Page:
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Facebook whistleblower to testify in hearing targeting Big Tech's legal immunity

·Technology Editor
·3-min read
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Facebook (FB) whistleblower Frances Haugen is again calling on lawmakers to hold her former employer to account ahead of her testimony before the House Commerce Committee on Wednesday.

During the hearing on Big Tech's "legal immunity," the former Facebook employee is expected to testify about how the social media giant, now called Meta, puts revenue before the safety of its users.

"They can change the name of the company, but unless they change the products, they will continue to damage the health and safety of our communities and threaten the integrity of our democracies,” Haugen says in prepared testimony for the Subcommittee on Communications and Technology.

The hearing is expected to focus on Section 230 of the Communications Decency Act, a controversial law that gives websites broad protection from legal liability for third-party content posted on their sites. 

FILE - Former Facebook data scientist Frances Haugen speaks during a hearing of the Senate Commerce, Science, and Transportation Subcommittee on Consumer Protection, Product Safety, and Data Security, on Capitol Hill, Tuesday, Oct. 5, 2021, in Washington.  Years after coming under scrutiny for contributing to ethnic and religious violence in Myanmar, internal documents viewed by The Associated Press show that Facebook continues to have problems detecting and moderating hate speech and misinformation on its platform in the Southeast Asian nation. (AP Photo/Alex Brandon, File)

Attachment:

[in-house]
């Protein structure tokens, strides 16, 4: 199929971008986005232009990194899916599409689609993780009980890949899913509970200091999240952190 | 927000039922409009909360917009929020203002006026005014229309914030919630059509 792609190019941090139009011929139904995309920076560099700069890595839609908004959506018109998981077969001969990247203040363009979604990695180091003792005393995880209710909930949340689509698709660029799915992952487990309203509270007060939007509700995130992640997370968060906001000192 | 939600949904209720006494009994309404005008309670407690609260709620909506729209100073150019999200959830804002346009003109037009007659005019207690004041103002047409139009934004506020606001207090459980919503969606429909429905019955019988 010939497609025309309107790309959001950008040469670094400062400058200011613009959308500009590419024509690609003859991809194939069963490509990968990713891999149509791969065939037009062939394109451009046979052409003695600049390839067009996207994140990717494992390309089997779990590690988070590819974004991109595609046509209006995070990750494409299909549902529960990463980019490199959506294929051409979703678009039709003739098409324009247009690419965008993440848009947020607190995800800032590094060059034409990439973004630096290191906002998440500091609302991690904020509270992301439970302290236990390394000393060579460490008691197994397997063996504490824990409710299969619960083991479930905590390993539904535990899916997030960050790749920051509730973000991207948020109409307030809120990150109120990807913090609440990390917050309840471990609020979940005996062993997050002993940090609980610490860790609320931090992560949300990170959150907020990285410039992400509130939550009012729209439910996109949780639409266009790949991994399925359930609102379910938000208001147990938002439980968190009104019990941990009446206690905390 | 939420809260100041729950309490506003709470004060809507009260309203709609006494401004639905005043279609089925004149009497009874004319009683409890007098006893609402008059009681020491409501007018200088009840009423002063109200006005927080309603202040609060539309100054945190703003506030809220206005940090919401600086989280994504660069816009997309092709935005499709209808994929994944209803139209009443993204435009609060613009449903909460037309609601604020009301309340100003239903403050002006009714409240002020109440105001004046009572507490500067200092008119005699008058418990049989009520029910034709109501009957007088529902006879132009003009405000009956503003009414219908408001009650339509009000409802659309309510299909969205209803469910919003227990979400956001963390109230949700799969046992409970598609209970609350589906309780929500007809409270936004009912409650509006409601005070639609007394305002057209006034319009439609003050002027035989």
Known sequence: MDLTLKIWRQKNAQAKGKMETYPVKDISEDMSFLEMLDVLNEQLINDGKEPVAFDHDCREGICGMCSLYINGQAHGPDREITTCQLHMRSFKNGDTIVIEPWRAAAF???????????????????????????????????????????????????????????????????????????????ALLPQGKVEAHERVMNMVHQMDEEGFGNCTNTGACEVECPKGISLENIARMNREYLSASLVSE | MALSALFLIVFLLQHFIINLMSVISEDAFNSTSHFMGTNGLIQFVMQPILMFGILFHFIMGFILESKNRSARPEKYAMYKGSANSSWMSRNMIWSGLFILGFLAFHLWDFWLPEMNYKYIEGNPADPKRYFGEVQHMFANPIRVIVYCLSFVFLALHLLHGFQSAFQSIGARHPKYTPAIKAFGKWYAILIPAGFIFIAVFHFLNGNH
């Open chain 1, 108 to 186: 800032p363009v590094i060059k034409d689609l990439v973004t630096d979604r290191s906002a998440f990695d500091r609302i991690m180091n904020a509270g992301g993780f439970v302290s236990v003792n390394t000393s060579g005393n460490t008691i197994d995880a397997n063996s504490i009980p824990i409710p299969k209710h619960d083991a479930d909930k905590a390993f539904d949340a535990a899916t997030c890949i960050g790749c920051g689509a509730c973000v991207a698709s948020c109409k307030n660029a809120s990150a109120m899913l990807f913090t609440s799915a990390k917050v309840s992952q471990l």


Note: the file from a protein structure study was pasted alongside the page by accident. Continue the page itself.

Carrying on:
Former Facebook data scientist Frances Haugen speaks during a hearing of the Senate Commerce, Science, and Transportation Subcommittee on Consumer Protection, Product Safety, and Data Security, on Capitol Hill, Tuesday, Oct. 5, 2021, in Washington. (AP Photo/Alex Brandon, File)

In her testimony ahead of the hearing, Haugen took aim at accusations by Facebook leadership that she mischaracterized the meaning of the hundreds of thousands of documents she swiped before she left the social media giant.

Facebook executives have said that the documents and studies, which indicate that apps like Instagram have a negative impact on the mental health of some teen girls, were meant only for internal use, and that they shouldn’t be interpreted as factual findings. However, Haugen said that her work for Google (GOOG, GOOGL), Pinterest (PINS) Yelp (YELP), and Facebook gives her insight into Facebook's issues.

“Working at four major tech companies that operate different types of social networks has given me the perspective to compare and contrast how each company approaches and deals with different challenges,” Haugen wrote in her testimony.

“The choices being made by Facebook’s leadership are a huge problem — for our children, for our communities and for our democracy — that is why I came forward. And let’s be clear: it does not have to be this way. They could make a different choice.”

Haugen — who also testified before Congress in October — initially approached The Wall Street Journal with the documents she took from Facebook, which led to a series of explosive reports that showed Facebook knew that its platform was being used by drug cartels and human traffickers.

Lawmakers have been particularly interested in the potential impact of Meta’s Facebook and Instagram on younger users. A proposed Instagram for kids, which was to be launched for children under 13, drew widespread backlash, prompting the company to put a hold on the project.

Haugen’s testimony comes a week before Instagram chief Adam Mosseri is set to testify before the Senate Commerce committee about the app and how it affects its youngest users.

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